# Potentiometer in circuit

Tags:
1. Jun 2, 2015

### PhysicStud01

1. The problem statement, all variables and given/known data

2. Relevant equations
No equations required

3. The attempt at a solution
The correct choice is A.
I know that a potentiometer provides some of its resistance of its total resistance and the other part is not contributed.

Current flows from the + of the battery and re-enters the -ve terminal.

What I can't understand is how the current goes in the diagrams shown and how to identify which part of the resistance should be considered and which not.

I've searched in books, on the internet, ... but could not find a proper explanation. If possible please, try to explain how each circuit works, not just the correct answer.

Thanks a lot

2. Jun 2, 2015

### theodoros.mihos

Identical is not exactly the same. If you see difference on a couple may exist more difference on another. But your choice is correct.

3. Jun 2, 2015

### PhysicStud01

Sorry, but i did not quite understand what you said

4. Jun 2, 2015

### DEvens

In X you have a wire across the side of the variable resistor between d and the right side. Make yourself a diagram that shows what that looks like. What is the effective resistance of a wire across a resistor?

5. Jun 2, 2015

### theodoros.mihos

Current not continue to x-shape after d because can find a path with no distance. So W and X works the same.

6. Jun 2, 2015

### PhysicStud01

Actually, it's not a reason for the correct answer that i want. I can't understand the flow of current and the part of the potentiometer that the resistance is being contributed. can you please explain, in terms of current, resistance - in a physics way - what's really happening in each case. in this way, i think i'll be able to identify the correct choice directly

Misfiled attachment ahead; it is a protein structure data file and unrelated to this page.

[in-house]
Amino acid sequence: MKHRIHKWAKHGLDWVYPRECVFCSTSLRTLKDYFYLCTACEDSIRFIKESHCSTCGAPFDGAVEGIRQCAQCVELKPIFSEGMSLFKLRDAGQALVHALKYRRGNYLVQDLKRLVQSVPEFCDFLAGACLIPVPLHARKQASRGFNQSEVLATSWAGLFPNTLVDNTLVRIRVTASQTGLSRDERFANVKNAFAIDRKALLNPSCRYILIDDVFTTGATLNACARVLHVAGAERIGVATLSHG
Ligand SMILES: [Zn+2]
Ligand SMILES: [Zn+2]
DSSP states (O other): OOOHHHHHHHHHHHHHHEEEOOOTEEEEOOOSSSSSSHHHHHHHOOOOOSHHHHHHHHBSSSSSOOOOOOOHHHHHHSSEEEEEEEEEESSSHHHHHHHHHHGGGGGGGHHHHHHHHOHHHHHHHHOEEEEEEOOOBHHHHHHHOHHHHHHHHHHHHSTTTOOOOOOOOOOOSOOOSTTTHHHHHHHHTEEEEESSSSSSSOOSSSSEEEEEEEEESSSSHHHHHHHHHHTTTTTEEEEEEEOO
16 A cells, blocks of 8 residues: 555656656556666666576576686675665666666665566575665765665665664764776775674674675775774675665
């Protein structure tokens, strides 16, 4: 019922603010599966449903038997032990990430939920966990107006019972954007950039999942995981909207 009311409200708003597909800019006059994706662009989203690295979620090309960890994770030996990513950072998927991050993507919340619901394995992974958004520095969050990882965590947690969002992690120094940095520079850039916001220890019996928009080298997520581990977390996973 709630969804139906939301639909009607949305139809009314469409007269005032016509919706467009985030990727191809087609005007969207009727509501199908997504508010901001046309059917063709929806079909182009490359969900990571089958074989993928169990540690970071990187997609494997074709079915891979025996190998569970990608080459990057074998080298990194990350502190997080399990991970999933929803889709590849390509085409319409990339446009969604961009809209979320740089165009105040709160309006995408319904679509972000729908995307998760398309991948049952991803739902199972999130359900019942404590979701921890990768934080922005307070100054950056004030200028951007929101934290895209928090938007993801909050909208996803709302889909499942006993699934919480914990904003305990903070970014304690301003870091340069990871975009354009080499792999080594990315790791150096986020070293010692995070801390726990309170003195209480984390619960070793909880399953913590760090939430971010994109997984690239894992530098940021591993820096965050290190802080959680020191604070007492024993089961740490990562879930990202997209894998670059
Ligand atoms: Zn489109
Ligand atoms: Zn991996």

7. Jun 2, 2015

### theodoros.mihos

Point d and the black ball have the same potential(voltage) because wire connection. So resistance right from d will not have current flow because voltage not exist. (is zero)

8. Jun 2, 2015

### PhysicStud01

but, isn't d a distance? so there will be different potentials. the distance d indicates the resistance?

+ edit: what about when the contact is from the battery itself OR what about as in the last circuit?

9. Jun 2, 2015

### theodoros.mihos

Usually, d is the part of potentiometer distance of whole length D. When potentiometer is in position d that mean the active resistance is $d/D\cdot{R}_{max}$, or the oposite $(D-d)/D\cdot{R}_{max}$.

10. Jun 2, 2015

### PhysicStud01

when is it the first one (i can't properly understand it) and when is it the opposite>

i know about the potential divider equation, but can't identify which part to use.

can we proceed as this please:
we try to compare each diagram with another. we see the visual difference in the diagram and how this difference affect / or not the result. can you please try to explain it in this way for all of the 4 circuit. this would really help with my understand of the physics of potentiometer, i think.